Failed Coup: Turkey captures commandos who tried to abduct Erdogan

Failed Coup: Turkey captures commandos who tried to abduct Erdogan
August 01 23:09 2016

Turkish special forces have captured a group of rebel
commandos who tried to seize or kill President Tayyip
Erdogan during a failed coup, and a government
minister said plotters would “never see God’s sun as
long as they breathe”.
Drones and helicopters pinpointed the location of the
11 fugitive commandos in forested hills around the
Mediterranean resort of Marmaris after a two-week
manhunt, an official said on Monday.

They were part of a group that attacked a hotel where
Erdogan was holidaying on the night of the July 15
coup bid, reports Reuters.
The operation took place overnight, after the
government tightened its control over the military by
dismissing over 1,000 more soldiers, widening the post-
coup purges of state institutions that have targeted
tens of thousands of people.
The coup attempt and resulting purges have shocked
Turkey, which last saw a violent military power grab in
1980, and have shaken confidence in the stability of a
NATO member key to the U.S.-led fight against Islamic
State and to stopping illegal migration to Europe.
Economy Minister Nihat Zeybekci said coup plotters
would bitterly regret trying to overthrow Turkey’s
democracy, in words reflecting the depth of anger
among the thousands of Turks who have attended
rallies to condemn the coup night after night.

“We will make them beg. We will stuff them into holes,
they will suffer such punishment in those holes that
they will never see God’s sun as long as they breathe,”
Zeybekci was quoted by the Dogan news agency as
telling an anti-coup protest in the western town of Usak
over the weekend.
”They will not hear a human voice again. ‘Kill us’ they
will beg,” he said.
Erdogan blames followers of U.S.-based Turkish cleric
Fethullah Gulen for the coup bid and has vowed to rid
state institutions of his influence. But the extent of the
purges, and suggestions that the death penalty could
be reintroduced, have sparked concern in Western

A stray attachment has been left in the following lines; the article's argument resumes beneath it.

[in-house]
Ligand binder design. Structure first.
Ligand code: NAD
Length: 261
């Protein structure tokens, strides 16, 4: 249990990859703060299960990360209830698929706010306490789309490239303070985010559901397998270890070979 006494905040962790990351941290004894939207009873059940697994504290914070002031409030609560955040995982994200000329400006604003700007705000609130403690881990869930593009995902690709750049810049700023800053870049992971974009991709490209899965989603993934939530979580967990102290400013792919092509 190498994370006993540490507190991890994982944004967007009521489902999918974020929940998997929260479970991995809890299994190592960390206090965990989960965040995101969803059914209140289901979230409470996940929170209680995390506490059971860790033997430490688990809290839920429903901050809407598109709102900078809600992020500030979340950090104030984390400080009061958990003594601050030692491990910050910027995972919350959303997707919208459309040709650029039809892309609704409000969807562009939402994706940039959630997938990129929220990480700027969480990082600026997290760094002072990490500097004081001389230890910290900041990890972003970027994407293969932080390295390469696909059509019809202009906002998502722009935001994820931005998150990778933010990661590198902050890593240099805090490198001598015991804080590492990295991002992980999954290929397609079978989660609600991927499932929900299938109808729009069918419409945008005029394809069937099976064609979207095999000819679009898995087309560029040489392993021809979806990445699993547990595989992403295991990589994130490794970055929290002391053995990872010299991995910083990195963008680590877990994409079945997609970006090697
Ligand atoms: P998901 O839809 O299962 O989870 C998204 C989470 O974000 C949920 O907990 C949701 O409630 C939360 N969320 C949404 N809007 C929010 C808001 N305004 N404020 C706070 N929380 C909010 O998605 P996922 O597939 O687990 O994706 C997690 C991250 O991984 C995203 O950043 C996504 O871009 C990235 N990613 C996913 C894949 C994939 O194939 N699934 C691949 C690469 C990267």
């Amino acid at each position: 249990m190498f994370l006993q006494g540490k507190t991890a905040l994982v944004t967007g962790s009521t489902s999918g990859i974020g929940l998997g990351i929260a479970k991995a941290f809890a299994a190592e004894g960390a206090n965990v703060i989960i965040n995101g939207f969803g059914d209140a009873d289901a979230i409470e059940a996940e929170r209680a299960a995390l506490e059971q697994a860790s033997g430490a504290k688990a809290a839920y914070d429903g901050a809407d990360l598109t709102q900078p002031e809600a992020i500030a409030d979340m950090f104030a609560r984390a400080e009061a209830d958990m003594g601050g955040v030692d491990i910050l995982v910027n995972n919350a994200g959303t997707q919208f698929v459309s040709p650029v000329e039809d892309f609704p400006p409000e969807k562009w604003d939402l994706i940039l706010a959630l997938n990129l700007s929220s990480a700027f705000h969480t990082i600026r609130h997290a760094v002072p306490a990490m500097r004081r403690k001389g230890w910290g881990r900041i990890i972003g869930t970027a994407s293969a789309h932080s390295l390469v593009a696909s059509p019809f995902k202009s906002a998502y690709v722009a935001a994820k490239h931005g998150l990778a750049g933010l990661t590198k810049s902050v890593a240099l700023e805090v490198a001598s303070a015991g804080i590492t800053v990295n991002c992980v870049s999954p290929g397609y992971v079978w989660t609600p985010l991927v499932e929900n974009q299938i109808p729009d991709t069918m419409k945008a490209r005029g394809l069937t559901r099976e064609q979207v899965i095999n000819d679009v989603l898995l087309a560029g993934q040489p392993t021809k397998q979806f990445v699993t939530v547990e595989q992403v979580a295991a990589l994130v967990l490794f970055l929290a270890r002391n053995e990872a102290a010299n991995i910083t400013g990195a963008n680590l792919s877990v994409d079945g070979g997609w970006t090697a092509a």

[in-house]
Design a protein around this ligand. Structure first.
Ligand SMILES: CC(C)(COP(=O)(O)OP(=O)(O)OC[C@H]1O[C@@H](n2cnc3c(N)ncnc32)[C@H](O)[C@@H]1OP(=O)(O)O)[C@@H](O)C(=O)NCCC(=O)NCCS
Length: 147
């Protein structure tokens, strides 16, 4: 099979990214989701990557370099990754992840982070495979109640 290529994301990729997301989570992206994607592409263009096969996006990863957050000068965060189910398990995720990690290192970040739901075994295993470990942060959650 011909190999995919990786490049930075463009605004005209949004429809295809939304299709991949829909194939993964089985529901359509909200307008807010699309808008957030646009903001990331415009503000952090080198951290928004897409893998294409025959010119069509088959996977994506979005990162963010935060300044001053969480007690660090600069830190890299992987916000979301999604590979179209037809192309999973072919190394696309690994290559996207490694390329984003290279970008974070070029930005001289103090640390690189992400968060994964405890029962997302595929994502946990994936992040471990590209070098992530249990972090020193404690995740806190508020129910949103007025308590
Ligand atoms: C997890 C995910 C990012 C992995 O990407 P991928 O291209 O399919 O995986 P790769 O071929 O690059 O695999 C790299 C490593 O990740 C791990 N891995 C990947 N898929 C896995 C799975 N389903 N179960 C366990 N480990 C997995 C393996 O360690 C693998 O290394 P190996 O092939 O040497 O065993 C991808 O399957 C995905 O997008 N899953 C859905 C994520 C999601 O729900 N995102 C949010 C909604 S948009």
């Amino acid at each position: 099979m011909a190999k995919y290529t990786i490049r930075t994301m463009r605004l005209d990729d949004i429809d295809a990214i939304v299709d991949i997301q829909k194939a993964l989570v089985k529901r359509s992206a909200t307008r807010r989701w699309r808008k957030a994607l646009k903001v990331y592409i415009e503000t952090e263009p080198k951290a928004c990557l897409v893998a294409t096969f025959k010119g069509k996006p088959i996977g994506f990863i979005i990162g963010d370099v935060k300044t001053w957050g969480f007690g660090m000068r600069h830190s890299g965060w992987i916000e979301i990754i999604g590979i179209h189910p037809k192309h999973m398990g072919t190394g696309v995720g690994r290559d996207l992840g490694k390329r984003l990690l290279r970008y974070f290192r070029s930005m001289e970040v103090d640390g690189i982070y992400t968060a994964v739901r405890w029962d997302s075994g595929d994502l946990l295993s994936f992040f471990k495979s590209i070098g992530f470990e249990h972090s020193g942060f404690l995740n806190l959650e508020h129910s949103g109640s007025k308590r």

capitals and among rights groups.
Gulen, who lives in self-imposed exile in the United
States, has denied involvement.
Erdogan and his government have been angered by the
response of Western allies to the abortive coup and its
aftermath, accusing them of being more concerned
about the rights of the plotters than the gravity of the
threat Turkey has faced.

The United States’ top military official, chairman of the
Joint Chiefs of Staff Joseph Dunford, was due to meet
Prime Minister Binali Yildirim in Ankara on Monday
after visiting the Incirlik air base in southern Turkey,
used by the U.S.-led coalition for bombing raids in
Syria.
SOLDIERS DISMISSED
More than 230 people were killed in the attempted
coup, many of them civilians, and more than 2,000
injured. Erdogan was almost killed or captured, officials
close to him have said, an outcome which could have
tipped Turkey into conflict.
Since the coup bid, more than 60,000 people in the
military, judiciary, civil service and education have been
detained, suspended or placed under investigation,
leading to concern among NATO allies about the scale
of the purges. Around 40 percent of Turkey’s generals
and admirals have been dismissed.
Nearly 1,400 more members of the armed forces were
dismissed and the top military council was stacked
with government ministers on Sunday, moves designed
by Erdogan to tighten civilian control over the military.